The lighting reminded you of an old horror movie, the sounds and smells quickly brought back memories of the drill, and suddenly the dentist’s office was the last place you wanted to be.

Though it’s probable that with your own practice, the associations you have with the dental office have changed, it’s important to remember that this could be happening inside the mind’s of your patients.

This is why when it comes to increasing the value of your dental practice and attracting patients in a competitive market, the atmosphere of your office plays a huge part in your patients’ experience.

Here are 5 ways to improve the ambiance of your dental office and helped reduce any anxiety that your patients may experience.

  1. Don’t try too hard to be a dental office.

Most dentists will try and mimic the competition and create a ‘nice dental office’, but remember that you want to distance yourself from any preconceptions that your patients may have.

Smell is the most primitive sense, and the one most attached to memory, so if it feels like a waiting room or smells particularly like a dental office, it can remind patients of childhood fears. Remember to maintain a professional environment but try something different like a calming aromatherapy diffuser filled with lavender or chamomile scented essential oils.

  1. Look at your lighting.

Natural light reminds people of open space and the outdoors and reduces any feelings of claustrophobia. Make sure your practice is well lit but also that it is not too bright and doesn’t have any lights pointing directly in the eyes of your patients.

  1. Give patients something to do.

The last thing people want to do in your waiting room is sit in silence and think about the dental procedure they’re about to have.

Make sure to keep interesting fine art on the walls, magazines and books to read, toys for children to play with – pretty much anything to divert their attention from any anxiety they might have.

  1. Take some tips from spas.

A trip to the dentist doesn’t have to be stressful. In fact, if you take some tips from the business model that spas use, it can even be relaxing.

You may want to introduce things like heated and scented towels, offer patients hot tea or water while they wait, and provide eye masks for those sitting in your waiting room. These small details can help relax and calm jittery nerves and can contribute to a patient’s positive dental experience.

  1. Consider your colors.

Changing the colors of the paint in your dental office is a quick and inexpensive way to help your patients feels more comfortable. Consider light shades, as opposed to dark, striking tones. Colors such as beige, light blue or sage green can all be particularly effective.

Whether you are looking to sell your practice or stay with it for years to come, it’s important to improve the atmosphere of the practice if you want to keep your patients satisfied.


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How to Keep Staff Morale Up When Preparing to Sell Your Dental Practice

Planning a dental practice transition is stressful, particularly for any staff members who are employed by the practice. A functional and stable team is a crucial component of a successful dental practice transition, and it’s important that your staff convey a positive message to the world outside your practice walls.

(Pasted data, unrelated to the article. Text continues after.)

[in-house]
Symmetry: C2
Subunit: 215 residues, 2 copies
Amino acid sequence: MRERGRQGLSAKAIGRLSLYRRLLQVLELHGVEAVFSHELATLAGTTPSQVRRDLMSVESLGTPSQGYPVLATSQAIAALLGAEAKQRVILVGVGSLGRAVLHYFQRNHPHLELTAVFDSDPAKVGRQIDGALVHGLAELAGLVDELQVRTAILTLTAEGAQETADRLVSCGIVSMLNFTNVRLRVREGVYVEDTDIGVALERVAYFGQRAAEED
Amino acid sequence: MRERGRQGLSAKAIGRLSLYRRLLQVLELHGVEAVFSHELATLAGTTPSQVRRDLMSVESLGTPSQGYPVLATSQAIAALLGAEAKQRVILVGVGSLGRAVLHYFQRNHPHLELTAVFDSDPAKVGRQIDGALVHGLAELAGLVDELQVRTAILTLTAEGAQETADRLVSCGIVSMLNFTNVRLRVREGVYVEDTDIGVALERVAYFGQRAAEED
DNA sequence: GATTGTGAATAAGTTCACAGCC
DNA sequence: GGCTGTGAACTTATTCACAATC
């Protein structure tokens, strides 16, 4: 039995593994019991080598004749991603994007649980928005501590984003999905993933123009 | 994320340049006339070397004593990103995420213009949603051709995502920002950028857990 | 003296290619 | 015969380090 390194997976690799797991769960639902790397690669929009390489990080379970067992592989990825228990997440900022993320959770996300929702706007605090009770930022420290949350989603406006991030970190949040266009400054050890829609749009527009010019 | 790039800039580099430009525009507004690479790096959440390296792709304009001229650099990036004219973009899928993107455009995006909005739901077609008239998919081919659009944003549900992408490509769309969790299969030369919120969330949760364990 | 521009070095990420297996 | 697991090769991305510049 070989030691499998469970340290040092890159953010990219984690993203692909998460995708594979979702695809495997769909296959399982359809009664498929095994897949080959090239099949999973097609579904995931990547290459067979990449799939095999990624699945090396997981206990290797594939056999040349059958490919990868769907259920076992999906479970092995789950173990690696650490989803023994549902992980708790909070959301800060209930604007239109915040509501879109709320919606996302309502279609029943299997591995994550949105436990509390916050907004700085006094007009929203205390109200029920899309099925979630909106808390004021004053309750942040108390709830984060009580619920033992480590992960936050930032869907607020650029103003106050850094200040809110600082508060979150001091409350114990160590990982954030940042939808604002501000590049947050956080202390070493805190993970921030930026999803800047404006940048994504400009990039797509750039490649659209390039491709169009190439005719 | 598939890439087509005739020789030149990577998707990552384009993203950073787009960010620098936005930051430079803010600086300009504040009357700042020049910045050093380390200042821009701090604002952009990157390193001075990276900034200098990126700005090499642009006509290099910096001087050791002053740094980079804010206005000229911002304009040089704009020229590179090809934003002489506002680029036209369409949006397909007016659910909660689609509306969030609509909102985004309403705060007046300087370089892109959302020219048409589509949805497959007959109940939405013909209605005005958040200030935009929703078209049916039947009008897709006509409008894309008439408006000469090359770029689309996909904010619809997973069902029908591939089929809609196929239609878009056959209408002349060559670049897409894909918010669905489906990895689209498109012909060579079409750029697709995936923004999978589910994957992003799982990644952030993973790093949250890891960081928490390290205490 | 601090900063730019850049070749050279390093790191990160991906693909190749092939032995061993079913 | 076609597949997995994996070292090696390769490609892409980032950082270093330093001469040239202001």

These tips will help your staff make your practice transition a little easier.

Never Underestimate the Power of Preparation

The more notice you can give your staff, the better. Time helps people come to terms with change. Provide your staff with a basic overview of the transition timeline and schedule time to discuss any questions and concerns with your employees.

Also remember that different people adapt to change differently and in different ways. Consider enough time for the slowest adaptors to come to terms with the shift.

Communicate About What is Happening

If you decide to have your practice valued, let your staff know that you are considering selling your practice. You don’t have to divulge every small detail, but your transparency and willingness to discuss your future plans will have a direct bearing on the comfort levels of your staff.

Your staff members want to know where they stand with you, so tell them. Speak about the stuff that matters. Will working hours change? Can you secure the employee’s next raise before your departure?

Manage Your Own Stress Levels

If you find the transition stressful, it’s likely that your staff will sense it. Prepare yourself and make informed choices to cope with the pressures of the transition. If you are on top of things, your team will experience less stress about the process.

Treat Each Staff Member as an Individual

When it is time to make an official announcement, communicate with each team member on a personal level. It is important to acknowledge the individual contributions of each staff member in question.

Take time to discuss the staff member’s job security. Explain how important it is that the practice gets their support during this time of transition. Ask each staff member to support the new practice owner and reassure your employees that the new owner has been properly vetted. Your staff members have trusted your judgment for this long. Now is a good time to speak to that and request its continuation.

Promote the Team Approach

Explain how you have sought out professional support for the transition, and that you have the services of a transition expert, accountant, lawyer, and mentor to assist you.